I am trying to run sequence clustering on time use data but I fail to have "acceptable" clustering solution according to Studer (2010).

The sequences have 76 episodes of 15 minutes slots (12 states). The data recorded people's activities during one day. The sequences are quite complex (lots of different number of states, different timing, ...).

I was wondering at what point the clustering solution criterions can take into account the "natural messiness" of data. In comparison with Life Course data, Time Use data are much more fuzzy and unpredictable. Because, even though, the clustering solution criterions are quite low, the visual exploration is comprehensive and patterns are easy to detect and understand. How should I interpret the fact that I can easily understand "what is going on" in the data even though the criterions are telling me that there is no pattern ?

I am using the great library('WeightedCluster') for computing clusters quality :

> as.clustrange(wardCluster, diss=mcdist.cost, ncluster=15)
           PBC   HG HGSD  ASW ASWw    CH   R2  CHsq R2sq   HC
cluster2  0.29 0.35 0.35 0.12 0.13 15.07 0.04 29.27 0.08 0.32
cluster3  0.27 0.34 0.34 0.06 0.07 13.46 0.07 23.84 0.12 0.31
cluster4  0.16 0.21 0.21 0.00 0.01 12.11 0.09 20.43 0.15 0.36
cluster5  0.24 0.33 0.32 0.01 0.02 11.49 0.11 21.09 0.19 0.29
cluster6  0.28 0.39 0.39 0.02 0.04 10.68 0.13 20.46 0.22 0.26
cluster7  0.30 0.44 0.44 0.03 0.05 10.14 0.15 19.67 0.25 0.24
cluster8  0.30 0.45 0.45 0.03 0.06  9.72 0.16 18.76 0.27 0.23
cluster9  0.33 0.54 0.54 0.04 0.07  9.42 0.18 18.56 0.30 0.20
cluster10 0.35 0.59 0.59 0.05 0.08  9.09 0.19 18.03 0.32 0.18
cluster11 0.28 0.51 0.51 0.01 0.04  8.84 0.20 17.21 0.33 0.21
cluster12 0.29 0.54 0.54 0.02 0.05  8.55 0.21 17.09 0.35 0.20
cluster13 0.30 0.59 0.59 0.03 0.06  8.31 0.22 16.65 0.36 0.18
cluster14 0.31 0.61 0.61 0.03 0.07  8.06 0.23 16.22 0.38 0.18
cluster15 0.31 0.61 0.61 0.04 0.07  7.80 0.24 15.99 0.39 0.17

The silhouette is very low as well as the R2. Would you recommend a particular measure that is well fitted for "messy" data ?

How should I argue in a scientific paper that I can (as a researcher) identify clear patterns but that the quality measures can not ?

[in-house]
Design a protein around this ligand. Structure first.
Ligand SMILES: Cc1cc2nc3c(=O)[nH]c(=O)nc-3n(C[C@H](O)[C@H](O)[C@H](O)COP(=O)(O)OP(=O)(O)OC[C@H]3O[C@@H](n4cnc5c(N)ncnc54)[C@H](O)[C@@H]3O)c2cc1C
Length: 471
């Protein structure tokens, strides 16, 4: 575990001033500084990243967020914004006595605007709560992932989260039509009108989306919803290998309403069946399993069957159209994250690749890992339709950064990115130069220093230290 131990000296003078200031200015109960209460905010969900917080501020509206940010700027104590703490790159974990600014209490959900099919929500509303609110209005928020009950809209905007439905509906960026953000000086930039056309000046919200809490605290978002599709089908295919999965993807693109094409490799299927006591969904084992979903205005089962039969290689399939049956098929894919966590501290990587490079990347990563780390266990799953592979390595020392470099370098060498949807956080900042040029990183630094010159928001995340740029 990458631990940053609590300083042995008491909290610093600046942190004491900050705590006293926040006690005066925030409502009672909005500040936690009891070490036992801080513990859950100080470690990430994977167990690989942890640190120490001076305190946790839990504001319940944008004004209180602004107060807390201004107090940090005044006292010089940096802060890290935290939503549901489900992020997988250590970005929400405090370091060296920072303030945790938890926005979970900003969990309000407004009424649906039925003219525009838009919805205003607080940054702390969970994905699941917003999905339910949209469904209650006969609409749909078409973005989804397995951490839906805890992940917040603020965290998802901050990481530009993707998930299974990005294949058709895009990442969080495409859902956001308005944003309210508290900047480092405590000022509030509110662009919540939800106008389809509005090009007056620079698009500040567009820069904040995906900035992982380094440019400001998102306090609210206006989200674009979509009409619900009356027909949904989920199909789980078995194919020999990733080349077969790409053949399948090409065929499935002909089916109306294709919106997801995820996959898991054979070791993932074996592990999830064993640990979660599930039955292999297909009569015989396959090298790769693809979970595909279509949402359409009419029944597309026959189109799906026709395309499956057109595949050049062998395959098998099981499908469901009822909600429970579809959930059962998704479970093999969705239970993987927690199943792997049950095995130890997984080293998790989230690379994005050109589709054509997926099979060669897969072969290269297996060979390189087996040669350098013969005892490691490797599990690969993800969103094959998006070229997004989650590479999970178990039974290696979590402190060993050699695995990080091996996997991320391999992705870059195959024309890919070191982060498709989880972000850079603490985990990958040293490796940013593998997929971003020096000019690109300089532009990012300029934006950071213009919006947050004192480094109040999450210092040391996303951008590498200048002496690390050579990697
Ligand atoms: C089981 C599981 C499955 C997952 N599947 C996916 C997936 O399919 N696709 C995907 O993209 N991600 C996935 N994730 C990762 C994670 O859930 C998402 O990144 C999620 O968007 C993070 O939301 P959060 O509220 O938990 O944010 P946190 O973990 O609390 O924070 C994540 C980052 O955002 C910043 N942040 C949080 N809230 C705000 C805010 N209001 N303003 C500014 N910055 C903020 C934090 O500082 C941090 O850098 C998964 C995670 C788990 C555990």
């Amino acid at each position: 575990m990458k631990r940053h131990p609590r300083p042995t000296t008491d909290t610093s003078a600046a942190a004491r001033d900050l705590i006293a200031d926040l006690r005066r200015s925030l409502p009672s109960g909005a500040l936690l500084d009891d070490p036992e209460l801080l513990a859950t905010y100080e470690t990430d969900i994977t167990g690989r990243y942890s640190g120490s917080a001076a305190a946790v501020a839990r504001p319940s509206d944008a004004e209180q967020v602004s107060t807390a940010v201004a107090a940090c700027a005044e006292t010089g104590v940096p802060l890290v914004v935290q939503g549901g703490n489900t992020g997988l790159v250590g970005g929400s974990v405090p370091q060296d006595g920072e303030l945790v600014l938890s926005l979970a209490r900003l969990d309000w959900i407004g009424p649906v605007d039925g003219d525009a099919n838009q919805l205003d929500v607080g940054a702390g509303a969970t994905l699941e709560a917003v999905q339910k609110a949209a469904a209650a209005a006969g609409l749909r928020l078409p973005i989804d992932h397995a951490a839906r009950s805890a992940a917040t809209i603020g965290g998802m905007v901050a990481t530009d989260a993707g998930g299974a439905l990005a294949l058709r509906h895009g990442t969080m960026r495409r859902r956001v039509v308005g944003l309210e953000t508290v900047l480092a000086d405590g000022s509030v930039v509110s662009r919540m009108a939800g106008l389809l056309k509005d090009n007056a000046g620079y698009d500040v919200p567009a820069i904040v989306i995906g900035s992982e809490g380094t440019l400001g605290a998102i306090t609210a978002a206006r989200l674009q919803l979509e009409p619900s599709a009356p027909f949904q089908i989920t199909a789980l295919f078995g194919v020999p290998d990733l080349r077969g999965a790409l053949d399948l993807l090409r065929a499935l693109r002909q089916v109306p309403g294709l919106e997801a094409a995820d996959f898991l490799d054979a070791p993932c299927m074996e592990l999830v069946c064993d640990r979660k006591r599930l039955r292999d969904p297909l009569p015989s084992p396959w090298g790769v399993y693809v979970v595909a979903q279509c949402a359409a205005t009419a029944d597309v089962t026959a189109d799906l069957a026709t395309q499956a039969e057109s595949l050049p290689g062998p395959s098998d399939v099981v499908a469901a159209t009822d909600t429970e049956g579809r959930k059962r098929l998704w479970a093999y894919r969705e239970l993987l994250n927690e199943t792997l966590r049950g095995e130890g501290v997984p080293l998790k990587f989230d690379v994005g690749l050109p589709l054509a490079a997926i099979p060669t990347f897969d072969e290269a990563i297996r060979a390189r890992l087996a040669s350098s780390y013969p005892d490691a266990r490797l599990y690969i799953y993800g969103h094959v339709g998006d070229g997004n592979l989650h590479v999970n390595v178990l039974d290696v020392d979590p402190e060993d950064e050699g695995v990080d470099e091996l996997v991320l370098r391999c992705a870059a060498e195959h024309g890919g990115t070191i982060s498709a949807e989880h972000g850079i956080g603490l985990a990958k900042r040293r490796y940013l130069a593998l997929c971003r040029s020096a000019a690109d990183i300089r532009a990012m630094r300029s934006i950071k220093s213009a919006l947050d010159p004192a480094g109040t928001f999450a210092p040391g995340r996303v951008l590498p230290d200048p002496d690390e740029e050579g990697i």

Another issue (related to the preceding) is that I would like to "control" more finely the clustering solution. Let me explain.

There is some variables that are structuring the clustering solution, but not always in the way I want to. In this case (as it is often the case also in Life Course), the structuring variable is the presence of children in the household.

What happen is this : all the people with children are gathered in one single cluster, and the rest is spread among the other clusters. Even if I increase the number of cluster, I can not "break down" this one single "parent" cluster. I know that in the seqtree (regression tree) it is possible to input variables in order to "control" the split of the tree. Is it possible to do so with traditional clustering methods ?

Because I might think that if it is possible to define the known "great" groups that structure the data, it would help improve the homogeneity of the clusters.

(I am not sure that can I split the data, for example by Gender or by Children in Household, ran different clustering and then put back the different solutions together and ran logistic regression. I have been told that I could not do it because apparently we can not compare anymore the clusters).

The goal in the end is to use the clusters in a (logistic) regression model.

So because the sequence clustering needs to be done on the whole sample, I was wondering if I could do something like different "round" of clustering. One first round on the whole sample and then inside each cluster.